The advertising in old
newspapers is as much fun as the editorial articles! In the old Observer
celebrating Moultrie's 100th anniversary Sears Roebuck & Company has an
advertisement that talks about the southern-made goods that Sears buys.
The ad copy reads, "Sears buys half billion dollars worth of Southern-made
It continues, "Sears is happy to salute Colquitt's progress, because sears
has played an important role in helping the entire South achieve a more
healthy balance of agriculture and industry. At Sears, 'What Dixie Makes,
Makes Dixie' is more than a catch phrase, because in 1955, Sears bought
over half a billion dollars worth of southern-made goods from over 1000
plants in every Southern state."
"Georgia manufacturers furnished a large proportion of these top-quality
Dixie-made goods. Last year, Sears bought over $88 million dollars worth
of goods from 168 sources in 61 Georgia communities."
"The merchandise of these Southern manufacturers stock the counters and
catalog pages of Sears stores and like those pictured in our ad are good."
"Here are a few of the many South Georgia plants which make top quality
goods for Sears: Cato's Nursery & Florist, Bainbridge; Berkray Corp.,
Cordele; J. P. Stevens & Co., Inc., Dublin; Edison Textile, Inc., Edison;
Cook & Company and Ero Manufacturing Co., Hazelhurst; Waynline, Inc.,
Jesup; Patten Seed Co., Lakeland; Wellington Sears Co., Langsdale;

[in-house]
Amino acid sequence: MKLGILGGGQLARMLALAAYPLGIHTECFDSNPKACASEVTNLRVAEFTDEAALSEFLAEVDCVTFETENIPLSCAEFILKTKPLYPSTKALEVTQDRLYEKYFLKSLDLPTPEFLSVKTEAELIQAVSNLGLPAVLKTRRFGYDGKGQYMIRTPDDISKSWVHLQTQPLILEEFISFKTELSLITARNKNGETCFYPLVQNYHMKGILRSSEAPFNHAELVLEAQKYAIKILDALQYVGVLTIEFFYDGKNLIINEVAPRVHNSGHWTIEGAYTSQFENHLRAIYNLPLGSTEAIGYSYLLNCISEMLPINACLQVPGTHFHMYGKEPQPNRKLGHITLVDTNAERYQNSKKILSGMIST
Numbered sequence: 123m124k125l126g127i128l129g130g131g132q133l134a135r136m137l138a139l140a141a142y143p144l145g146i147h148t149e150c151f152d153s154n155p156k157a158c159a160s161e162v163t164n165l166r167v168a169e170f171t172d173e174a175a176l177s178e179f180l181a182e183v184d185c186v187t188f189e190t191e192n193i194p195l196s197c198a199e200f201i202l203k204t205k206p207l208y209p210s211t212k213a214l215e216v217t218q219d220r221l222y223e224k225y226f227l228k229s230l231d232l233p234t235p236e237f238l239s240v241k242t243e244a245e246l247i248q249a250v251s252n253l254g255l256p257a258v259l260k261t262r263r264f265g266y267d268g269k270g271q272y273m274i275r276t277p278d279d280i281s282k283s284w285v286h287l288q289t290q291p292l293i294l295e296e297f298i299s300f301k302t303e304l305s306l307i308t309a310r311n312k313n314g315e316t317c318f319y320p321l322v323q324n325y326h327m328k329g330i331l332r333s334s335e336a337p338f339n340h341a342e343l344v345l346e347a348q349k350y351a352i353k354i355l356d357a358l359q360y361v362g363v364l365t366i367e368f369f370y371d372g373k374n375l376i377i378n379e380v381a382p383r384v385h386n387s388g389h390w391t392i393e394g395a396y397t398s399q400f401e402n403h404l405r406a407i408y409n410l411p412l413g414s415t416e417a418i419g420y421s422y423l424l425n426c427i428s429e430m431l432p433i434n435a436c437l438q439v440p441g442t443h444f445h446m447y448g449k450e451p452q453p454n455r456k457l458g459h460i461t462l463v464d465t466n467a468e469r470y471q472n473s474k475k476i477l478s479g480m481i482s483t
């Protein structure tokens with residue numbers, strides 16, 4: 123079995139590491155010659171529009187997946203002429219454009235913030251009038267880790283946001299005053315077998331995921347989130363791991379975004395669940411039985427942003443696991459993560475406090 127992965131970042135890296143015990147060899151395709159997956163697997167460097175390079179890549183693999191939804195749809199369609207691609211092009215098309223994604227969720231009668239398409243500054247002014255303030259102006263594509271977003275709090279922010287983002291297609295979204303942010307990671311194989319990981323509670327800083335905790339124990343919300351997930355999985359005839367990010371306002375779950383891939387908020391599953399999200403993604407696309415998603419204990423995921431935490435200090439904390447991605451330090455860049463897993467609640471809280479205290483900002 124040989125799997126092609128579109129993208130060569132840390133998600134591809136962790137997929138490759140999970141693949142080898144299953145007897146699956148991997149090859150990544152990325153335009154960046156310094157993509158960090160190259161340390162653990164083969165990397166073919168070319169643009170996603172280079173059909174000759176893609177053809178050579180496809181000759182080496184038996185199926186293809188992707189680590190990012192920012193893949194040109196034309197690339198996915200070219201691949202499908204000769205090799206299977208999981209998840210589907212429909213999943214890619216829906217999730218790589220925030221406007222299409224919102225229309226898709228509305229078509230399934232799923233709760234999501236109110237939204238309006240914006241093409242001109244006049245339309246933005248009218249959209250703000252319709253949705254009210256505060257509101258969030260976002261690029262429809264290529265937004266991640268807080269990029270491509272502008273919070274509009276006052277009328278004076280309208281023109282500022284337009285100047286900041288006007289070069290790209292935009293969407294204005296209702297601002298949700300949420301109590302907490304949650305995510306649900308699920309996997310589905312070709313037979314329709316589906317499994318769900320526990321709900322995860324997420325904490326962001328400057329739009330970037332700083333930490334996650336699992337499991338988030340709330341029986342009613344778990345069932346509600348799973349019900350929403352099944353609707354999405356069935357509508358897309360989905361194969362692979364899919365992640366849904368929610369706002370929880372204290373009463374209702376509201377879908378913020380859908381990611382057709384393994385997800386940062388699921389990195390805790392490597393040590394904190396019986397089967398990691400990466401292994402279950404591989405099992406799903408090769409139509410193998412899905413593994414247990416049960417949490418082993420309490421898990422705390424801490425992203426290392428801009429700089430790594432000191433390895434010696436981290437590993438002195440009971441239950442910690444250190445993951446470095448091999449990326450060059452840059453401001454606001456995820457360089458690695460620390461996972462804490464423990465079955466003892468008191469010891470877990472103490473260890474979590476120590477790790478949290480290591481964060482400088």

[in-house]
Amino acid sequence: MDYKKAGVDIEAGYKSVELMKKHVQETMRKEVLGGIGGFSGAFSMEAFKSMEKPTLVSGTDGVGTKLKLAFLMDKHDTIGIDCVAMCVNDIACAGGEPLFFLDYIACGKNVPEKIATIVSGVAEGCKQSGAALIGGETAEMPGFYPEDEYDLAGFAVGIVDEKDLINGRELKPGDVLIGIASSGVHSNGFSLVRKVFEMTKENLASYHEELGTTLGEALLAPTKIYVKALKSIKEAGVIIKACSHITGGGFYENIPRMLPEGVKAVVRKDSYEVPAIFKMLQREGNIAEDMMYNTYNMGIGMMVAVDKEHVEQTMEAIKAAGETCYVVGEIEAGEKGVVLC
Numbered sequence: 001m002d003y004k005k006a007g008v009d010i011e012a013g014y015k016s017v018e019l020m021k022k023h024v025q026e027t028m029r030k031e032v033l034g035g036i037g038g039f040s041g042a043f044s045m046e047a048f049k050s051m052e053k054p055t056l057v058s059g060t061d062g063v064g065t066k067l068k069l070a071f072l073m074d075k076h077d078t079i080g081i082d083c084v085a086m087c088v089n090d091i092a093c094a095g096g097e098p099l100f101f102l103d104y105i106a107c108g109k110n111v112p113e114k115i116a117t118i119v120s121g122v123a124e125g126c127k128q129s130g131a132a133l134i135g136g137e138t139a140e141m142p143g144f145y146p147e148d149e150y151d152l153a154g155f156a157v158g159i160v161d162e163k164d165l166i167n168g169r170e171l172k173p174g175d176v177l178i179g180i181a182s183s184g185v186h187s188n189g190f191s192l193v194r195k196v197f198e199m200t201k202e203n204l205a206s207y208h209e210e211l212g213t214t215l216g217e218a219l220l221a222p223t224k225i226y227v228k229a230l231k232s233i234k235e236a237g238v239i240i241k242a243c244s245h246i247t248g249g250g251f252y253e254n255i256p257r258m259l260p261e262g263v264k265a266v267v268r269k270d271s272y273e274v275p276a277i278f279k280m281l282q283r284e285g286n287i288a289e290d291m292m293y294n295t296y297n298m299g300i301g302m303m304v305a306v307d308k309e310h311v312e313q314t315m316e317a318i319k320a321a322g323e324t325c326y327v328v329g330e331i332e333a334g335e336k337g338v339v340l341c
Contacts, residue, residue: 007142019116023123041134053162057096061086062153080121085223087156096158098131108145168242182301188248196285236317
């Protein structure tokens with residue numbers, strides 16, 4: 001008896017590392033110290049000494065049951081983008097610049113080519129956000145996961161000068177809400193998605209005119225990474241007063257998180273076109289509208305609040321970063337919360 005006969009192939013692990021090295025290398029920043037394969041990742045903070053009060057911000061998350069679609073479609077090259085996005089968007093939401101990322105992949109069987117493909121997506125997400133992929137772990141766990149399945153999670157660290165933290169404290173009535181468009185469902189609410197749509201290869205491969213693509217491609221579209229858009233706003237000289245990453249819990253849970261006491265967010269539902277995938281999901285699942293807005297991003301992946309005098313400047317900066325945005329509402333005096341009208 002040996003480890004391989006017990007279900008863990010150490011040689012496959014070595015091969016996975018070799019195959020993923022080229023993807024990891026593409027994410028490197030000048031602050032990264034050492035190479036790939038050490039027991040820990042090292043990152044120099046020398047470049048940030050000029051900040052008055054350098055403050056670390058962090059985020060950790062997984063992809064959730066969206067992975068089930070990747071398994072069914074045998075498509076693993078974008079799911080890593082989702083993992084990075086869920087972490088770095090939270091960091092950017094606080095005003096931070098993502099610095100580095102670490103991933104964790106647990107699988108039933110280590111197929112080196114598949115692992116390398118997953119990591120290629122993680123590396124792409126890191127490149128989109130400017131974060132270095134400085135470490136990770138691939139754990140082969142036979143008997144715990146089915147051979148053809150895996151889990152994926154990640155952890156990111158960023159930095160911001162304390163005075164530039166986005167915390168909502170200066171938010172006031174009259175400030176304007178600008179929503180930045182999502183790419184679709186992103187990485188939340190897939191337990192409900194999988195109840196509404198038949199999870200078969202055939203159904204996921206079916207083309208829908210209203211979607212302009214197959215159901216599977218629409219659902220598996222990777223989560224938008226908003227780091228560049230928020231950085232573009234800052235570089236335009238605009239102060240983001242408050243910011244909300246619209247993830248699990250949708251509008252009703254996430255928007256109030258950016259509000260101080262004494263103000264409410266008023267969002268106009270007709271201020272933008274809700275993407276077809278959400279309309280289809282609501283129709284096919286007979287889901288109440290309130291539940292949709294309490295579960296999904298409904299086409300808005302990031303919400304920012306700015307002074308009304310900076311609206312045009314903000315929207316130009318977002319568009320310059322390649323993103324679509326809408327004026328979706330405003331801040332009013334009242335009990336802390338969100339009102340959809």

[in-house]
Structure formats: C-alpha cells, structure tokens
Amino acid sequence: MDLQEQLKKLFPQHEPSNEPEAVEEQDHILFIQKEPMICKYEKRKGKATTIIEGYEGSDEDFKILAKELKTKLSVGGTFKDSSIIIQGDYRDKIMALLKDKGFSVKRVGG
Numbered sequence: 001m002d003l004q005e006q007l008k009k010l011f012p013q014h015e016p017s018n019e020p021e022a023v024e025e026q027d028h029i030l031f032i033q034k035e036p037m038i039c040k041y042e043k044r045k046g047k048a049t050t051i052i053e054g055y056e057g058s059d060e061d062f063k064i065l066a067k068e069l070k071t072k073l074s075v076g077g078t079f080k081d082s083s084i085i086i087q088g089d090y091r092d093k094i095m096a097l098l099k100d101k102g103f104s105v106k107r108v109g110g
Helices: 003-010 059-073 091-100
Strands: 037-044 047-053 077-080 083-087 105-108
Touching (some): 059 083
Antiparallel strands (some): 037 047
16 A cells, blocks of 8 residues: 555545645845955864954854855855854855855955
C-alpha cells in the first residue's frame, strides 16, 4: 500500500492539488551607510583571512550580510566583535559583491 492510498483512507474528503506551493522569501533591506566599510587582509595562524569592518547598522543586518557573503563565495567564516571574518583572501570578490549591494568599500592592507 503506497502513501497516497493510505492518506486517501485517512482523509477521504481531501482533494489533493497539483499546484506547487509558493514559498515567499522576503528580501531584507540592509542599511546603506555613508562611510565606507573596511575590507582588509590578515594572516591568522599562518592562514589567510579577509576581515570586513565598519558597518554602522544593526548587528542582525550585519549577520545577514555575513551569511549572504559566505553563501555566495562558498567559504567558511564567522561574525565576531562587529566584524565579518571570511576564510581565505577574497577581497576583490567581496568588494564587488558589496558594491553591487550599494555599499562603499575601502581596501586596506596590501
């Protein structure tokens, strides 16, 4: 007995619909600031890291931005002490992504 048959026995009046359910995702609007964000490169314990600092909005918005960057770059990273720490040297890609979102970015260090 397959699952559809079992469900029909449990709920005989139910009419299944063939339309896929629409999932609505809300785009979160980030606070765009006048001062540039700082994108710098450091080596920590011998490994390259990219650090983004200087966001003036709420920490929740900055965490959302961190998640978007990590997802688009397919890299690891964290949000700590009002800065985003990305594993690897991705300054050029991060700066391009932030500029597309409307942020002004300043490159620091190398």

Armstrong Cork Co., Macon; Montezuma Mills, Inc., Montezuma; Marydell
Styles, Statesboro; and Sylvester Apiaries, Sylvester."
Also in the advertisement is a photograph of Mr. Gardner Culpepper - one
of Mel's cousins - who was the manager of the Sears Catalog Sales Office
at 16 South Main. (The
phone number was "1030.")
The caption under the photograph says that Mr. Culpepper was a native of
Moultrie and a veteran of Navy service and a former drum major of the
"crack Moultrie High School Band." The paper says that Mr. Culpepper was a
Baptist and that he was active in Moultrie religious circles. He was a
member of the Moultrie Rotary Club and participated in various other
community projects designed to make Moultrie a better place to live and
Aunt Polly Williams, 88, well-known resident of the Berlin area was
fatally injured in a runaway accident October 1, 1927.
She was riding in a buggy with her grandson when a mule hitched to the
buggy became frightened and dashed down the highway at full speed. The
enfeebled woman was thrown to the ground and died about an hour later. Her
grandson was not injured.
Funston's first artesian well, drilled in 1910, was finished when water
was struck about June 1 at a depth of 570 feet!
College football fans were invited in 1927 to take a special train to
Birmingham for the Georgia-Alabama game.
The AB&C Railroad offered a round trip for $11.14 direct from Moultrie.
The train was scheduled to be held at the ballpark for the end of the
Mr. L. H. Bass, a farmer of the Thigpen District, lost a wallet containing
$450 in October of 1927.
The loss is believed to have occurred while Mr. Bass was walking to Mt.
Sinai Church, a distance of about two miles. His wife and brother were
with him at the time. Being afraid to leave the money at home, Bass put it
in his coat pocket. Since the weather was hot, he carried the coat on his
arm and the wallet must have dropped out.
It was his conviction that three persons he had noticed driving a small
touring car picked up the billfold and drove away with it.
Times change...and don't change!